Without motivation, creativity is nonexistent. Purposeless work is a surefire way to extinguish the flame of productivity. As humans, we need significant and substantial reasons to do what we do. This is especially true for audio producers.
Motivation is not one-size-fits-all; rather, it is a personal conviction that shapes your passions and goals. It is a form of the word “motive,” which means reason or rationale. What is your motive as an audio producer? For example, your motive could be to spread joy and positivity through your musical creations, to inspire and educate others, or to support other artists in the collective pursuit of a larger mission. Motivation, ultimately, is the catalyst of creativity.
Creativity forces us to picture and manifest the imaginary. Once again, this has a lot to do with risk-taking. For example, we don’t know whether what we imagine can be real unless we test what has never been tried. However, for imagination to work, we must combine what we know with what we don’t. Experimentation without knowledge is futile. We must inform ourselves as sufficiently as possible. Thus, when it comes time to take the plunge, we have at least a fighting chance of survival and success.
Furthermore, imagination itself stems from knowledge. Without tonal theory, for example, there is no such thing as ‘atonal’ theory. The artists who imagined, and ultimately constructed and conventionalized systems of musical analysis could rigorously study and dissect Bach’s fugues as well as Rachmaninoff’s symphonies. Imagination is a way of looking at what is to create what is not.
Now, it’s time to take a step back, and realize that all the ambition and imagination in the world won’t guarantee a smashing blockbuster success. Aspiration must be coupled with practicality for our dreams to be fully realized.
Audio producers, who possess the imaginative (and often disorganized) brain of an artist, are especially prone to emphasizing idealization at the expense of realization. The goal or ambition is so vast and surreal that it frightens the very wits out of the undertaker, leading to a brilliant, blinding vision in the sky that will never land on Planet Earth.
For a goal to be successful, it must be broken down into small, manageable steps. By reducing a dream into practical steps, stress disappears, and success is put on a schedule. Creativity without smart and manageable goal setting is nothing but a catalog of ideas. With a well-devised blueprint, creativity can be tamed into a powerful beast of productivity.
As we have discovered, creativity, especially for the audio producer, is based on innovation. Innovation is a process of taking existing frameworks or inventions and making them new. Furthermore, it requires all of the previous principles: risk-taking, flexibility, curiosity, motivation, goal setting, and imagination.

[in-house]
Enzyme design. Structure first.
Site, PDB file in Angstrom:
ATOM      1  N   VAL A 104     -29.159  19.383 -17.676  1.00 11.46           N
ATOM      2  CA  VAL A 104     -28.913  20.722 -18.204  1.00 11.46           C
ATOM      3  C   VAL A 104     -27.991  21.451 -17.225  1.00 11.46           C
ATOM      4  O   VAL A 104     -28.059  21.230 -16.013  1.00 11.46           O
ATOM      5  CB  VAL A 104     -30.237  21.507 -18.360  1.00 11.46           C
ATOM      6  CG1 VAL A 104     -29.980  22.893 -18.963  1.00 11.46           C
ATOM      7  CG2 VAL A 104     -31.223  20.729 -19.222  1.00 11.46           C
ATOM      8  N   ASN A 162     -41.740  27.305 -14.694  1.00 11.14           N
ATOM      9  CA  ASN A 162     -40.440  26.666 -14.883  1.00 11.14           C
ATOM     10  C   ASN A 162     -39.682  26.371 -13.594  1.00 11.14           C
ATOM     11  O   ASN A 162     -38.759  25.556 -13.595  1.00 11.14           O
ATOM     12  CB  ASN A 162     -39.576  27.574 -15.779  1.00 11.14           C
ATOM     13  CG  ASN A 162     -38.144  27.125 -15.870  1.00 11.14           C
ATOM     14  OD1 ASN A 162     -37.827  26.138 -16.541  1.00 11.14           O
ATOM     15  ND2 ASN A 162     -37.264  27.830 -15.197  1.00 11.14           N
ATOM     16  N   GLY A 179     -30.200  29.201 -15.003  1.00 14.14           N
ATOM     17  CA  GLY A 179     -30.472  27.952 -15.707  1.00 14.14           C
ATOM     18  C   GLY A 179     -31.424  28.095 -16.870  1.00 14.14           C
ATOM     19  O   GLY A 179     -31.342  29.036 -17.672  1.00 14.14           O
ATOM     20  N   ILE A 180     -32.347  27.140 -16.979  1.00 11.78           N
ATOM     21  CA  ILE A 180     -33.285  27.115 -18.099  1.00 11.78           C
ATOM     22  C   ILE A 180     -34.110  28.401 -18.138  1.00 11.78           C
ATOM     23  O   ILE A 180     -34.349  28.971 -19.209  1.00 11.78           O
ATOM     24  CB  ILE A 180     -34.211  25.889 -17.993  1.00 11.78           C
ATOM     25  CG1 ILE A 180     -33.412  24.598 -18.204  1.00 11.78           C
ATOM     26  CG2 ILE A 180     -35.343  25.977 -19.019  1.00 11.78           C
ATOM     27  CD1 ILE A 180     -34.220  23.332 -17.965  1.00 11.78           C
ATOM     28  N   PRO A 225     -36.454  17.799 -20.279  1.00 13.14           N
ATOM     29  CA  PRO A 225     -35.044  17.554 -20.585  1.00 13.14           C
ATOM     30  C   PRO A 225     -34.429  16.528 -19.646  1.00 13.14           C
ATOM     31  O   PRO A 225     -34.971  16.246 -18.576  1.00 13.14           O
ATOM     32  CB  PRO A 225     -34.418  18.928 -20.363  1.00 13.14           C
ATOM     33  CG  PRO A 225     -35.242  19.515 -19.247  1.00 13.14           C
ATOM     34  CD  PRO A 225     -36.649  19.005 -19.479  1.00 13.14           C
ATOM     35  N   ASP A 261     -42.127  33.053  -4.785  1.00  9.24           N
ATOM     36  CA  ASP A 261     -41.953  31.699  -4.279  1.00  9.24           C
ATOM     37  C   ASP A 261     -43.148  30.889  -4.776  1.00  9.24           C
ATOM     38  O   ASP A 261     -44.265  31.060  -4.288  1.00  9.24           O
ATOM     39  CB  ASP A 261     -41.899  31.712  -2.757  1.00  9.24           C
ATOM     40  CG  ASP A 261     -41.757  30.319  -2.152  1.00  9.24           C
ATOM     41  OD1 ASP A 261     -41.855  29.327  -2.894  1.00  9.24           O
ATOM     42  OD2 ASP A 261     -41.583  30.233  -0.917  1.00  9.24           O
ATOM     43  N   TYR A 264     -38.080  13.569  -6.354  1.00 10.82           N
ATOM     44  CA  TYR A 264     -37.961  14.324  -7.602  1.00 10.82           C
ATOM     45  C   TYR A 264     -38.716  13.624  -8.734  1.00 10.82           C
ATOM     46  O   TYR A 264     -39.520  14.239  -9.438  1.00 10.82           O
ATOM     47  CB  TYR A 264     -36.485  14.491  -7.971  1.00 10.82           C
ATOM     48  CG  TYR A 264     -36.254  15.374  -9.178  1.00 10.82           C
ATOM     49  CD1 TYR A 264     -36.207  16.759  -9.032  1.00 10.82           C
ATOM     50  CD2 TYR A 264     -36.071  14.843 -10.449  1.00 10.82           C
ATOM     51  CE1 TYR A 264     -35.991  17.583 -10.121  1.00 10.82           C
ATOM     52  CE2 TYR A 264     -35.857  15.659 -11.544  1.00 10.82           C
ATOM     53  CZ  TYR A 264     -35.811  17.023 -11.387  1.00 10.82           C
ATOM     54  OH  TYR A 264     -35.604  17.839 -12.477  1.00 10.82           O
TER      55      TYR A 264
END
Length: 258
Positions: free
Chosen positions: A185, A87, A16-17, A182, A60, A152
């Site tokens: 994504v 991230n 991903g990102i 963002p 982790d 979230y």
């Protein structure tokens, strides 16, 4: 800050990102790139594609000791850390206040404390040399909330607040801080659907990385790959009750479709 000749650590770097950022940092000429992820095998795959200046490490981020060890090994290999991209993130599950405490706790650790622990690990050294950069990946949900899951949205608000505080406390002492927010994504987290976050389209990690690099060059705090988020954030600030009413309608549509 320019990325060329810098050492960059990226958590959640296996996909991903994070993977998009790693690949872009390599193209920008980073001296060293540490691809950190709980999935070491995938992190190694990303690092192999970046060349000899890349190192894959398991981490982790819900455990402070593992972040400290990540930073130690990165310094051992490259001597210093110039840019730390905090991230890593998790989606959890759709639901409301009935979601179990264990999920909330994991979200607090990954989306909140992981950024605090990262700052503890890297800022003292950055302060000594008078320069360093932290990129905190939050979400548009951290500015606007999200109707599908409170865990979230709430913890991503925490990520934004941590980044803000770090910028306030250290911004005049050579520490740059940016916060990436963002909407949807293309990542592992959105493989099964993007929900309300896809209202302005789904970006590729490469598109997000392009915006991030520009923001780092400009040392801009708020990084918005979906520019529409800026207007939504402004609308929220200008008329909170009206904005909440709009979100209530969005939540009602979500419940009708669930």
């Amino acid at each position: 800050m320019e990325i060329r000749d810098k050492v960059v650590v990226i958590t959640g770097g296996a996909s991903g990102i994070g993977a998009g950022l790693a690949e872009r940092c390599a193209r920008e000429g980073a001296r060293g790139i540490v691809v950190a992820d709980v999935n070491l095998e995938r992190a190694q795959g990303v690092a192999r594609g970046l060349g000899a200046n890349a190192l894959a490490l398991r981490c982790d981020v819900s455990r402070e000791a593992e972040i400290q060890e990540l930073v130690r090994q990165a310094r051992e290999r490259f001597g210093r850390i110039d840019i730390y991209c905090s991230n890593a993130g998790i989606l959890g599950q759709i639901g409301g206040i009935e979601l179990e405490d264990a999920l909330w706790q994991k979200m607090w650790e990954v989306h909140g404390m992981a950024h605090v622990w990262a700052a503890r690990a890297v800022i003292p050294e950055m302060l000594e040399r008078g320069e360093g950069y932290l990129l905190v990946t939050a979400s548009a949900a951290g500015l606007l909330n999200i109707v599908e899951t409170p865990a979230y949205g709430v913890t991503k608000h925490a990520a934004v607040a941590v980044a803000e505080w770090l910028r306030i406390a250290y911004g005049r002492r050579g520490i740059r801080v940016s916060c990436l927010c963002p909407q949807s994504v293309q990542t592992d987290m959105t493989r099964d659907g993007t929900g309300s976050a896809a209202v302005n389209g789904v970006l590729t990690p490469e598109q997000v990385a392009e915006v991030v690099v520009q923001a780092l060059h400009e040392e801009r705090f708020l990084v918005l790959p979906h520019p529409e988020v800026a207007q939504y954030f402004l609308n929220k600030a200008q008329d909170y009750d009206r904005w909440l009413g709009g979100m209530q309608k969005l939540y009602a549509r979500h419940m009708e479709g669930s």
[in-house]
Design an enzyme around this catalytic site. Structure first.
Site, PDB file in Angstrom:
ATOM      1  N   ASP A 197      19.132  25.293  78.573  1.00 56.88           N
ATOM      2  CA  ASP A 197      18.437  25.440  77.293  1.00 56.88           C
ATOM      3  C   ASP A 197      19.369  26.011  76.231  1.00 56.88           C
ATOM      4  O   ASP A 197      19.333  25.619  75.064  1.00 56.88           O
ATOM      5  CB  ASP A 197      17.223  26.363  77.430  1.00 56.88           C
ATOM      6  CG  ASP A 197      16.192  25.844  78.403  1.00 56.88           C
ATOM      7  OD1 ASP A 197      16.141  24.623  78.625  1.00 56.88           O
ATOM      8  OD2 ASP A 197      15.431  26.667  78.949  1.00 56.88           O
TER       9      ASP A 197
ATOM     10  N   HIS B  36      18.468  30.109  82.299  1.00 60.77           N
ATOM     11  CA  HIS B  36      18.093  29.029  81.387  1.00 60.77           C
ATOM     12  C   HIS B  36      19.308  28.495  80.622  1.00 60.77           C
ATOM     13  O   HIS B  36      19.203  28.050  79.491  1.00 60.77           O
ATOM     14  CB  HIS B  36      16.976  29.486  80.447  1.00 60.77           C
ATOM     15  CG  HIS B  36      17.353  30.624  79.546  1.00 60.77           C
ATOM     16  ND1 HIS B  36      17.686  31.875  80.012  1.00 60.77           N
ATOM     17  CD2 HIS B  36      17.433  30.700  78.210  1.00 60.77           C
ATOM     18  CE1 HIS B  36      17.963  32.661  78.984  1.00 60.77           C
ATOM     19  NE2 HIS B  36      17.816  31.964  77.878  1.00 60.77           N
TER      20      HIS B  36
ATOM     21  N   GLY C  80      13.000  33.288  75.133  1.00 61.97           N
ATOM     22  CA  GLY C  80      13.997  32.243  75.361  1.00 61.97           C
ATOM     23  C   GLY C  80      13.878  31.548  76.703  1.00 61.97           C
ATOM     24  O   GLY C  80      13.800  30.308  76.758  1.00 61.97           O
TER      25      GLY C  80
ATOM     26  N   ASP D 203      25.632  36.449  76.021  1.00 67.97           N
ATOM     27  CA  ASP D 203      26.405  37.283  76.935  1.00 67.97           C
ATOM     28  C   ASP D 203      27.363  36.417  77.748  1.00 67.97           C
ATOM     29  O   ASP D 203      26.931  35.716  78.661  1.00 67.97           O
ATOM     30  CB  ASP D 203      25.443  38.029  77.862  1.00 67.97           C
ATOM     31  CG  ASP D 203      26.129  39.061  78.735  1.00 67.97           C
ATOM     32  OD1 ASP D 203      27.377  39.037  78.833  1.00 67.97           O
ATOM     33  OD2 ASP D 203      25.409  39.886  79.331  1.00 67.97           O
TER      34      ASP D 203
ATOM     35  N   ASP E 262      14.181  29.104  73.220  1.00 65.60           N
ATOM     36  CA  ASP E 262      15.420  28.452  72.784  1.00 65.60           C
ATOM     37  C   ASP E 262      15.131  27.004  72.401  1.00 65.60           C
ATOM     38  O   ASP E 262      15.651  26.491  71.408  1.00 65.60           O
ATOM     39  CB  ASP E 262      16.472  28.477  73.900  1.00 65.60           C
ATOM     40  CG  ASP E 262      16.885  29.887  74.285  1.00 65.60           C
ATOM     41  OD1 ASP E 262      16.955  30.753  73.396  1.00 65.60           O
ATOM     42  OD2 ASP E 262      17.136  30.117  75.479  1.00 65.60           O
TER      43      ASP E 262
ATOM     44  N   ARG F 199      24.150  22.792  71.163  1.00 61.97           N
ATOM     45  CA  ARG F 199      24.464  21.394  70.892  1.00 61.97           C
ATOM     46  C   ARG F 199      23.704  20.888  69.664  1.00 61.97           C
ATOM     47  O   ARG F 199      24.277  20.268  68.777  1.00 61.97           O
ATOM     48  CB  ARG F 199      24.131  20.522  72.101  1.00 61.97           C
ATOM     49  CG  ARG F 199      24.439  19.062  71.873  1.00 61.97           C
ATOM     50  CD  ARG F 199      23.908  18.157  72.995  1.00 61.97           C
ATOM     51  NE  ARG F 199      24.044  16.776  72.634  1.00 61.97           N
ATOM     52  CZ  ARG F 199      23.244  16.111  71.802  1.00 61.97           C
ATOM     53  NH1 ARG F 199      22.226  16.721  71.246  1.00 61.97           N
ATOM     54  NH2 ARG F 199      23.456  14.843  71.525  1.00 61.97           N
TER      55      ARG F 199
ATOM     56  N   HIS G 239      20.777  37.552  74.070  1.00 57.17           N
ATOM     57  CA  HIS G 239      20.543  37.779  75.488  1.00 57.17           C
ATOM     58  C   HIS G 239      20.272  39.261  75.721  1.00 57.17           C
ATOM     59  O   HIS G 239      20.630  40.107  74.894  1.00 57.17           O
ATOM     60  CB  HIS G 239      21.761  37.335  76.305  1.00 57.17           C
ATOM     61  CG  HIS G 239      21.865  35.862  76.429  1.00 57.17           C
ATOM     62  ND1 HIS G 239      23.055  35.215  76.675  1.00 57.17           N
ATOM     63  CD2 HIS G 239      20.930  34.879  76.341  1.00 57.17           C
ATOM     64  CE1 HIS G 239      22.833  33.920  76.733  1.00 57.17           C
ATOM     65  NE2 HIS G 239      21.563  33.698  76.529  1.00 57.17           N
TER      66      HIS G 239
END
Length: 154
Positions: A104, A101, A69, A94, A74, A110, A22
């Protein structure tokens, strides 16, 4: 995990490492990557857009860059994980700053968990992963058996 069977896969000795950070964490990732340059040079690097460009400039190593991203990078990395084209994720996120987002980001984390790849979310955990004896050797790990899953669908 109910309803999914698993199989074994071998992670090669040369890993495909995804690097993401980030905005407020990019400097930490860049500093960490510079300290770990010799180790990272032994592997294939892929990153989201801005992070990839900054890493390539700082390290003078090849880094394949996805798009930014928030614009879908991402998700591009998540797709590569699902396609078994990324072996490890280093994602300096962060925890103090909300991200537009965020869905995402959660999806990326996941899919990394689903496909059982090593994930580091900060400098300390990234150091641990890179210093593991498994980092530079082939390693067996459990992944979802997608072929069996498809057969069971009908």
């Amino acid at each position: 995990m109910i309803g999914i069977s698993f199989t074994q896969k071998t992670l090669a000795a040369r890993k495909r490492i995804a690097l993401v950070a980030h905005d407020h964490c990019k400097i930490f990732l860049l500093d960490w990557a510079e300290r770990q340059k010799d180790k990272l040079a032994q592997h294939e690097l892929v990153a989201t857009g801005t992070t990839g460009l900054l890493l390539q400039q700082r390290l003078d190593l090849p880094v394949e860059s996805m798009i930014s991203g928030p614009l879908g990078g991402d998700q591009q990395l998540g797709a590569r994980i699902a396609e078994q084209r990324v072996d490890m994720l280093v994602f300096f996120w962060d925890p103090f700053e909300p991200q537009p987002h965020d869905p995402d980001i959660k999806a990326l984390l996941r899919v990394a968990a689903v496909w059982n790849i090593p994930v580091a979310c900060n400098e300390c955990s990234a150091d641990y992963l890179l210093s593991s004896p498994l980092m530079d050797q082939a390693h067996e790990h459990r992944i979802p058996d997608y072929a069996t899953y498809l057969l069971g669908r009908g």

Innovation involves taking educated risks to make real progress, developing flexibility to adapt to new strategies and practices, remaining curious enough to discover new things, establishing motivation to carry out the necessary legwork, setting manageable goals to create a blueprint of success, and using imagination to actualize our vision.
Creativity is paramount for careers in audio production, regardless of genre, position, or experience. It is involved in every step of the production process, from devising the plan to the final mix. With these elements of creativity, you can make tracks that you can be proud of, while enjoying the journey along the way.
Audio Production Program
The Audio Production and Engineering Program at the Institute of Production and Recording is an occupational degree program designed to train producer engineers who are entrepreneurs, musically and technically creative, and proficient in modern recording technology and technique. Throughout the program, students are involved in hands-on exercises and real-world studio projects that enable them to apply their knowledge and refine their skills.
At the end of the Audio Production and Engineering program, each student presents a portfolio — a selection of his or her best work to date. This serves as a demo reel for potential employers and clients — an audio resume with professional content that highlights the graduate’s talent and skill.
Contact us today to learn more about the audio production programs and starting a rewarding career.